DNA Repair

DNA repair refers to a collection of processes by which a cell identifies and corrects damage to the DNA molecules that encode its genome. In human cells, both normal metabolic activities and environmental factors such as UV light can cause DNA damage, resulting in as many as 1 million individual molecular lesions per cell per day.Many of these lesions cause structural damage to the DNA molecule and can alter or eliminate the cell's ability to transcribe the gene that the affected DNA encodes. Other lesions induce potentially harmful mutations in the cell's genome, which affect the survival of its daughter cells after it undergoes mitosis. Consequently, the DNA repair process is constantly active as it responds to damage in the DNA structure.

The rate of DNA repair is dependent on many factors, including the cell type, the age of the cell, and the extracellular environment. A cell that has accumulated a large amount of DNA damage, or one that no longer effectively repairs damage incurred to its DNA, can enter one of three possible states:

1. an irreversible state of dormancy, known as senescence
2. cell suicide, also known as apoptosis or programmed cell death
3. unregulated cell division, which can lead to the formation of a tumor that is cancerous

The DNA repair ability of a cell is vital to the integrity of its genome and thus to its normal functioning and that of the organism. Many genes that were initially shown to influence lifespan have turned out to be involved in DNA damage repair and protection. Failure to correct molecular lesions in cells that form gametes can introduce mutations into the genomes of the offspring and thus influence the rate of evolution.

DNA damage
DNA damage, due to environmental factors and normal metabolic processes inside the cell, occurs at a rate of 1,000 to 1,000,000 molecular lesions per cell per day. While this constitutes only 0.000165% of the human genome's approximately 6 billion bases (3 billion base pairs), unrepaired lesions in critical genes (such as tumor suppressor genes) can impede a cell's ability to carry out its function and appreciably increase the likelihood of tumor formation.

The vast majority of DNA damage affects the primary structure of the double helix; that is, the bases themselves are chemically modified. These modifications can in turn disrupt the molecules' regular helical structure by introducing non-native chemical bonds or bulky adducts that do not fit in the standard double helix. Unlike proteins and RNA, DNA usually lacks tertiary structure and therefore damage or disturbance does not occur at that level. DNA is, however, supercoiled and wound around "packaging" proteins called histones (in eukaryotes), and both superstructures are vulnerable to the effects of DNA damage.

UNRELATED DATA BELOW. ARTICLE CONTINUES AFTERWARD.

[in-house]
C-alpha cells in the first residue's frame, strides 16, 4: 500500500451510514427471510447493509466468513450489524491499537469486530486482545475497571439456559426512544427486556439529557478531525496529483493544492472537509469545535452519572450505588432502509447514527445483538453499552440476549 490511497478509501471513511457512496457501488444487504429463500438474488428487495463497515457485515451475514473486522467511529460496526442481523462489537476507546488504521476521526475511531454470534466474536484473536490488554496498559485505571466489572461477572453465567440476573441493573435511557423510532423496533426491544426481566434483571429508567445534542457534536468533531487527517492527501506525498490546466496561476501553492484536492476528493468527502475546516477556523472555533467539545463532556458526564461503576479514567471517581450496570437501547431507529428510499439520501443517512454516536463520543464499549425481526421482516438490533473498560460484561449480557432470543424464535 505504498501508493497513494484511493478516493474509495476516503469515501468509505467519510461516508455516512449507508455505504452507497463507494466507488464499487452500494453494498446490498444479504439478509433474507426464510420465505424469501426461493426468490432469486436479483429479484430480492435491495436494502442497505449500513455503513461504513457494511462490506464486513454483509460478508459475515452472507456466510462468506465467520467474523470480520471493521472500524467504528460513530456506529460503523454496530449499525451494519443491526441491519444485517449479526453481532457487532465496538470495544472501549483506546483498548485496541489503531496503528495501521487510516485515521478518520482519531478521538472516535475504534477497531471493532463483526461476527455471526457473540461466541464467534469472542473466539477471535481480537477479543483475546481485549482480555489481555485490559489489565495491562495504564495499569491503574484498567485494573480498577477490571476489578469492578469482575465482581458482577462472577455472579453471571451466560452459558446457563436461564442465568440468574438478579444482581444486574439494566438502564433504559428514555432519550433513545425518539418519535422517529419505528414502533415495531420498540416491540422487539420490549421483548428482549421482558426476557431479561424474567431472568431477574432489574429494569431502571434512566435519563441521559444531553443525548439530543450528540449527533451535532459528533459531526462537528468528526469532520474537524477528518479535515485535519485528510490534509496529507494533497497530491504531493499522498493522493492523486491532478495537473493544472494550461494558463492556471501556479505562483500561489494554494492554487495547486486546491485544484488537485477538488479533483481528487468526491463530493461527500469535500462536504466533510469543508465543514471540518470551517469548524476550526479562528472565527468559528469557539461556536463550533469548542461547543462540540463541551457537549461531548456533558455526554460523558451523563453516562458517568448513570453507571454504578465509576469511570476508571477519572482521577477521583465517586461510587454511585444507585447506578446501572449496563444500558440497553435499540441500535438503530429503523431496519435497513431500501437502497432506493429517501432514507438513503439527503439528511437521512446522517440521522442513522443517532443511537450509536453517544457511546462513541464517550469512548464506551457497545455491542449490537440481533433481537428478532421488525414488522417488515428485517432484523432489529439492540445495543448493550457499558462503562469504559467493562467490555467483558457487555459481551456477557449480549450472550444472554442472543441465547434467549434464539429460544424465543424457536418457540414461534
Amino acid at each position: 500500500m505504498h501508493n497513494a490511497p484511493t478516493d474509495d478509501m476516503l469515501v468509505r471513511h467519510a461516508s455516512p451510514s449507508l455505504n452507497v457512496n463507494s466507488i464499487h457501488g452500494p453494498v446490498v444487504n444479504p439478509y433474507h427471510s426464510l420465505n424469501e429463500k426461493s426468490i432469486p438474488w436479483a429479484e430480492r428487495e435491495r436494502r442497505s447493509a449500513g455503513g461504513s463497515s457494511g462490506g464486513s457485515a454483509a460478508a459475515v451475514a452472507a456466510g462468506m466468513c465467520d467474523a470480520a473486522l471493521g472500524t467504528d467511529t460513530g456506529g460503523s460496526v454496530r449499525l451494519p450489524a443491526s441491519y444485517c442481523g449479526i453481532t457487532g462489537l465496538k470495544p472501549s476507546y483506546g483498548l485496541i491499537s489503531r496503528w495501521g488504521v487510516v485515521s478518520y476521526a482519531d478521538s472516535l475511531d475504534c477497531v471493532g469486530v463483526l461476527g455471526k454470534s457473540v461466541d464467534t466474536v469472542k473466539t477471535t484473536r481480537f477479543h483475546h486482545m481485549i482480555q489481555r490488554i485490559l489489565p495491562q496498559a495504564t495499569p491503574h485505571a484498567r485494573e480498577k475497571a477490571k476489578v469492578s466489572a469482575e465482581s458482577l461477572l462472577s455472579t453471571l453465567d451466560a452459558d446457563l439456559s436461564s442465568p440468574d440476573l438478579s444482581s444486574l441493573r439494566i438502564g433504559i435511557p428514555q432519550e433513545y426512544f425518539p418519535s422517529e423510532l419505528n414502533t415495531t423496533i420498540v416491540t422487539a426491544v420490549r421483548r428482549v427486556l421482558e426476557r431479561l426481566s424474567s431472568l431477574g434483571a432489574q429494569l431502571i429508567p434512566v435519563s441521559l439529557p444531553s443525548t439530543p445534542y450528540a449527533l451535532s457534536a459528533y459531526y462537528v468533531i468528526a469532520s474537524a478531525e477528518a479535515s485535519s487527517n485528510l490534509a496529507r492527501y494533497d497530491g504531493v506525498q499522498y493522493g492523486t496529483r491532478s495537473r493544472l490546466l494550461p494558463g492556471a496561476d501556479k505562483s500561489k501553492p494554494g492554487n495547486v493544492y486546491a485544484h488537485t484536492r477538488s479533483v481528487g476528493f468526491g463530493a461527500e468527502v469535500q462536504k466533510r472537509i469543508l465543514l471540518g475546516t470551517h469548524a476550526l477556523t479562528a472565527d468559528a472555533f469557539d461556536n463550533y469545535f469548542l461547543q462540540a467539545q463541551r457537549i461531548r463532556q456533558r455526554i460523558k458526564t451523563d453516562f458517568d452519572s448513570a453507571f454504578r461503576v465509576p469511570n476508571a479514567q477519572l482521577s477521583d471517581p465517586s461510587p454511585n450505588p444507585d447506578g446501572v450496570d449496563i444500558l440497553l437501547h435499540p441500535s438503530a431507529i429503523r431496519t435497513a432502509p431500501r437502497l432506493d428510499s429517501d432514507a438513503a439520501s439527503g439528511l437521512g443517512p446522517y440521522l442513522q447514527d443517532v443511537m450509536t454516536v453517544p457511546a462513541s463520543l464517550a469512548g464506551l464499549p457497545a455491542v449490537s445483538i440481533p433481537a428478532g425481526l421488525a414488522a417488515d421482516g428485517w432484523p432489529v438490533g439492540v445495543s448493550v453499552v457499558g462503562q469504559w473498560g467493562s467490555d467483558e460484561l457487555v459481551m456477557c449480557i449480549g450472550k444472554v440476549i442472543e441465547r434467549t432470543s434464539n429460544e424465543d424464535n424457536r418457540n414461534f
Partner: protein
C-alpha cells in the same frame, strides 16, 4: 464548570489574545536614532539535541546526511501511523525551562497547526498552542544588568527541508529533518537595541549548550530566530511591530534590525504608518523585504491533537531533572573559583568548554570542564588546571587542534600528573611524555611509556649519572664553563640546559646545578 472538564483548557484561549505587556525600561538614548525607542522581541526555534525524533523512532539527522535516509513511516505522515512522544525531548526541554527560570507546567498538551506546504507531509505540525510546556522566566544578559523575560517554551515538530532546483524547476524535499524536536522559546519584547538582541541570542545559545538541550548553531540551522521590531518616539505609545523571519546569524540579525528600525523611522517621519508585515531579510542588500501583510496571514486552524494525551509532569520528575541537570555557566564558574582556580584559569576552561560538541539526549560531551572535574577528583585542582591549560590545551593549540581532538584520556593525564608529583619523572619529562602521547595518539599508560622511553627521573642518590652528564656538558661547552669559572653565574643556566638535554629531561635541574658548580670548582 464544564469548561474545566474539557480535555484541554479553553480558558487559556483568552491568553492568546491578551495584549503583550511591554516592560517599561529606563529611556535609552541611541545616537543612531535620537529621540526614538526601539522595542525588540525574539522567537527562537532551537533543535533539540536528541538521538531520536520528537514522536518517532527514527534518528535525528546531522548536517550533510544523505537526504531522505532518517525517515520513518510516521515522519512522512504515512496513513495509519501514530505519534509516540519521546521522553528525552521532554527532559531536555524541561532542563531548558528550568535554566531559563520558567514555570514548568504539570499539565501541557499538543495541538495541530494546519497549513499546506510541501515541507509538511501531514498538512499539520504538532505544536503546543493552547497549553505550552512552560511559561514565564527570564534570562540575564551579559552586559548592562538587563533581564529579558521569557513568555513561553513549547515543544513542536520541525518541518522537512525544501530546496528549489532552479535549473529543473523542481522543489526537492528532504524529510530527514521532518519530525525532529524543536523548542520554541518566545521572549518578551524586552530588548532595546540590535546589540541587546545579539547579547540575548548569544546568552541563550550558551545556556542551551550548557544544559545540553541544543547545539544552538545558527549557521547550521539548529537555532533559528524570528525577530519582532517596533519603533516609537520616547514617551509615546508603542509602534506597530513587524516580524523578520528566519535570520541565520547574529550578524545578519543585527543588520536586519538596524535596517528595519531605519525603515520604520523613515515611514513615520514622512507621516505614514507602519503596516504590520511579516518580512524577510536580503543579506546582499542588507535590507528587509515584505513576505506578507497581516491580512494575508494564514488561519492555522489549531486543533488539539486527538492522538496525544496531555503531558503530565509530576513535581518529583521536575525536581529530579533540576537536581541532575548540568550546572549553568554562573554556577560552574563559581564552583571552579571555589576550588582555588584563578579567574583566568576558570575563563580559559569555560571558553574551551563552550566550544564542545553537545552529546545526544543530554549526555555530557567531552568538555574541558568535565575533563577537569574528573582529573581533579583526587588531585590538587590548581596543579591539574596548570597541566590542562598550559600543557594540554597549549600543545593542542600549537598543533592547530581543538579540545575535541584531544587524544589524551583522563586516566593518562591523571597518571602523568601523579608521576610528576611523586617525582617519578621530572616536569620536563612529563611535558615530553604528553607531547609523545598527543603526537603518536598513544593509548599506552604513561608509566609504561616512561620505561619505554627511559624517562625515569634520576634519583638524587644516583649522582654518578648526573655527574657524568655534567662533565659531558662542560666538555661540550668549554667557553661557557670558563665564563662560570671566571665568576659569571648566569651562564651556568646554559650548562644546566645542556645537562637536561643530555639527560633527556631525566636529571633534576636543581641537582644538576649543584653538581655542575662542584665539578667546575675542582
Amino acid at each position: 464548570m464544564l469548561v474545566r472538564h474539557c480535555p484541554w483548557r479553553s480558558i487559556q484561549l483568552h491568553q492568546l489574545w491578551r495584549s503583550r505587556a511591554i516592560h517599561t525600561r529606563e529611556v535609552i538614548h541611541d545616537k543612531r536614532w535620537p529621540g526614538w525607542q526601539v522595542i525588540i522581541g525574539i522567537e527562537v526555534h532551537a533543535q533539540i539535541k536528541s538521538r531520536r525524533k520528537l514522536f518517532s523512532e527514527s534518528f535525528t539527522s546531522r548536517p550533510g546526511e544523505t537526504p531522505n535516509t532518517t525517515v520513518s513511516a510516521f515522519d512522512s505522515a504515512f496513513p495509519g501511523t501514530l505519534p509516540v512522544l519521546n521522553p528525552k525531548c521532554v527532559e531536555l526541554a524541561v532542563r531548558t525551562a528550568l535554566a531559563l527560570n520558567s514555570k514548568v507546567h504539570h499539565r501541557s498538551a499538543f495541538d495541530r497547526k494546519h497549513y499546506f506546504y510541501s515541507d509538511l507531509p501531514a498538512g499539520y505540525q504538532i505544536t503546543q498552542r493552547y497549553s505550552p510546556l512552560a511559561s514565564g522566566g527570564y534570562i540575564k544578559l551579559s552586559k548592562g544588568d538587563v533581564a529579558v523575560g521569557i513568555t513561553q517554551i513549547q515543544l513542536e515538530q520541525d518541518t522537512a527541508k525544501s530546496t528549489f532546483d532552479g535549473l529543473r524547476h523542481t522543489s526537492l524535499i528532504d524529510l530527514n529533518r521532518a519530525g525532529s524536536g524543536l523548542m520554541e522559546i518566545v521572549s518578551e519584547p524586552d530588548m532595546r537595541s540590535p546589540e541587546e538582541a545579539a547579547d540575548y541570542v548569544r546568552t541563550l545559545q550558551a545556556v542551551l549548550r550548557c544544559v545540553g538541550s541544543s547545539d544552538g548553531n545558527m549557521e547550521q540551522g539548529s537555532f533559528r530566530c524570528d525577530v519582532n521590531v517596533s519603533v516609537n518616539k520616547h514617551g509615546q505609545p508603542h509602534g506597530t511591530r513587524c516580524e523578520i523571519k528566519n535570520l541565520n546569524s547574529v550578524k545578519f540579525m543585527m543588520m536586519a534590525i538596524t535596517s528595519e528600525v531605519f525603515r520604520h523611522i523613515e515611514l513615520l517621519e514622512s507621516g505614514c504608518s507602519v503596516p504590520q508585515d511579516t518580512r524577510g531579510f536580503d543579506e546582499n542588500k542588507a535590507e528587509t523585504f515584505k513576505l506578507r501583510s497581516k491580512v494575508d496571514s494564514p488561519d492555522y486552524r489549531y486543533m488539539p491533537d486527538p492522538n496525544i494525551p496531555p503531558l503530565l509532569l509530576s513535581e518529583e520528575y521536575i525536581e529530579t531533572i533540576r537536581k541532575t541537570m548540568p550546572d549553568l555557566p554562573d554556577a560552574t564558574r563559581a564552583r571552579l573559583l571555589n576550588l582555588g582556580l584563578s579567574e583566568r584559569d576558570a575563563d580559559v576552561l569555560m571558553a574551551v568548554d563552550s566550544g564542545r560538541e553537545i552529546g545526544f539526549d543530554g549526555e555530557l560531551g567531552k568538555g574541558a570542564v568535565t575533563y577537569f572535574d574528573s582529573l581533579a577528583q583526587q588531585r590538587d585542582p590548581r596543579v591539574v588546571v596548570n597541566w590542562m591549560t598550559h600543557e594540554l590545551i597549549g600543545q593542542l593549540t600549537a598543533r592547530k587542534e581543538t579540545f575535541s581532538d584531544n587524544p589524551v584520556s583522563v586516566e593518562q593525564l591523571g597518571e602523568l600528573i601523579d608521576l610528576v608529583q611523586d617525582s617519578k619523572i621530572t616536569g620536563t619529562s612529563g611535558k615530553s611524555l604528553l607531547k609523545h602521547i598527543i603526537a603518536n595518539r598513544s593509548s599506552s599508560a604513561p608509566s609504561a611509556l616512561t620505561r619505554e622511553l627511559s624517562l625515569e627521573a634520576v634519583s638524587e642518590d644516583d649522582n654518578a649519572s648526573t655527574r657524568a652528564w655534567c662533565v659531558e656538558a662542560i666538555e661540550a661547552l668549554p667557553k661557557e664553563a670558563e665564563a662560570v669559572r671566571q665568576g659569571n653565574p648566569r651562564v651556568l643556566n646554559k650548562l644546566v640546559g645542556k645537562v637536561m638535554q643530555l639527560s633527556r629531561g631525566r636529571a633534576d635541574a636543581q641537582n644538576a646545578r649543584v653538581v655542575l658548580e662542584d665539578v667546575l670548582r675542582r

DNA repair mechanisms

Cells cannot function if DNA damage corrupts the integrity and accessibility of essential information in the genome (but cells remain superficially functional when so-called "non-essential" genes are missing or damaged). Depending on the type of damage inflicted on the DNA's double helical structure, a variety of repair strategies restore lost information. If possible, cells use the unmodified complementary strand of the DNA or the sister chromatid as a template to losslessly recover the original information. Without access to a template, cells use an error-prone recovery mechanism known as translesion synthesis as a last resort.

Damage to DNA alters the spatial configuration of the helix and such alterations can be detected by the cell. Once damage is localized, specific DNA repair molecules bind at or near the site of damage, inducing other molecules to bind and form a complex that enables the actual repair to take place. The types of molecules involved and the mechanism of repair that is mobilized depend on the type of damage that has occurred and the phase of the cell cycle that the cell is in.

Direct reversal

Cells are known to eliminate three types of damage to their DNA by chemically reversing it. These mechanisms do not require a template, since the types of damage they counteract can only occur in one of the four bases. Such direct reversal mechanisms are specific to the type of damage incurred and do not involve breakage of the phosphodiester backbone. The formation of thymine dimers (a common type of cyclobutyl dimer) upon irradiation with UV light results in an abnormal covalent bond between adjacent thymidine bases. The photoreactivation process directly reverses this damage by the action of the enzyme photolyase, whose activation is obligately dependent on energy absorbed from blue/UV light (300–500nm wavelength) to promote catalysis. Another type of damage, methylation of guanine bases, is directly reversed by the protein methyl guanine methyl transferase (MGMT), the bacterial equivalent of which is called as ogt. This is an expensive process because each MGMT molecule can only be used once; that is, the reaction is stoichiometric rather than catalytic.A generalized response to methylating agents in bacteria is known as the adaptive response and confers a level of resistance to alkylating agents upon sustained exposure by upregulation of alkylation repair enzymes. The third type of DNA damage reversed by cells is certain methylation of the bases cytosine and adenine.